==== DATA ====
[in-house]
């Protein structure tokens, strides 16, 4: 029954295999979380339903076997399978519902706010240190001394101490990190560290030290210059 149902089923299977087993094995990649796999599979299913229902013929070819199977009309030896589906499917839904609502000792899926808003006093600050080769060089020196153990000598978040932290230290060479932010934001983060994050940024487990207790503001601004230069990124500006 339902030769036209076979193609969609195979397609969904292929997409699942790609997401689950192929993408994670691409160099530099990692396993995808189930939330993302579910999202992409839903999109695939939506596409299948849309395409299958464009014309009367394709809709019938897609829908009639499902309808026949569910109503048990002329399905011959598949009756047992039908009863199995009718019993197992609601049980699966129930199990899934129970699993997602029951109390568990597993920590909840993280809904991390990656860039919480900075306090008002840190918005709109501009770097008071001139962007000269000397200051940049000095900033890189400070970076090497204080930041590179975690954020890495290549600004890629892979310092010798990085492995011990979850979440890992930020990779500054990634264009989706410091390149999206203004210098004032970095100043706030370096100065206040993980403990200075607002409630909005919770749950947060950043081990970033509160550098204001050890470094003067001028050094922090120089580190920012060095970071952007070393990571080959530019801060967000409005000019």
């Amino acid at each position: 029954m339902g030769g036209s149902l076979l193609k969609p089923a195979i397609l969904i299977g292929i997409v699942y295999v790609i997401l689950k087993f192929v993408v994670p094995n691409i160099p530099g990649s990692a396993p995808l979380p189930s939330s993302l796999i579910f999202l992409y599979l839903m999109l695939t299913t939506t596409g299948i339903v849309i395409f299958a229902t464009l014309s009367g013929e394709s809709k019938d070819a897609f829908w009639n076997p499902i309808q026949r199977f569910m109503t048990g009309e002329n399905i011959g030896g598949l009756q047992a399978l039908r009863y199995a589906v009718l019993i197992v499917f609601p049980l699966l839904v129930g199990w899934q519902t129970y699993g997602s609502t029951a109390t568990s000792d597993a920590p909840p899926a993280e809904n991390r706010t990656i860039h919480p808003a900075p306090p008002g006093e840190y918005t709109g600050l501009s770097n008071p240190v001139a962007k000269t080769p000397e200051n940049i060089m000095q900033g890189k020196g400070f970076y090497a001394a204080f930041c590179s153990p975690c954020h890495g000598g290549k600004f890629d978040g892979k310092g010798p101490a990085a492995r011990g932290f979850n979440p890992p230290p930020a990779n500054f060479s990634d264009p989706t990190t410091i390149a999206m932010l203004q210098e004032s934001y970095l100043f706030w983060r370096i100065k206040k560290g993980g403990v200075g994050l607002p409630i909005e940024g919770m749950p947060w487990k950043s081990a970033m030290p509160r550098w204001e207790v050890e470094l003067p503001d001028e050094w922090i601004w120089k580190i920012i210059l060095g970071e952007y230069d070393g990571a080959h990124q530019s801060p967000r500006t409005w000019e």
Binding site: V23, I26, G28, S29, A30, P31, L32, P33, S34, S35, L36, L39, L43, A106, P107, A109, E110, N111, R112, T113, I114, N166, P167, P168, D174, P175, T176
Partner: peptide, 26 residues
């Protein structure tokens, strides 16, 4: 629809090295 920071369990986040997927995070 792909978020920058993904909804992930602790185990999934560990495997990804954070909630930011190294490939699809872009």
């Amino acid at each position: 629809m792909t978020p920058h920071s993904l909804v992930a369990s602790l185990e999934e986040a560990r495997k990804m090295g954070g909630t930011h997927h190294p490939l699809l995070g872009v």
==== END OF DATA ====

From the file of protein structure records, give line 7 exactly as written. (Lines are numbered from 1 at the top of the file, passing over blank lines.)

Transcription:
């Amino acid at each position: 629809m792909t978020p920058h920071s993904l909804v992930a369990s602790l185990e999934e986040a560990r495997k990804m090295g954070g909630t930011h997927h190294p490939l699809l995070g872009v």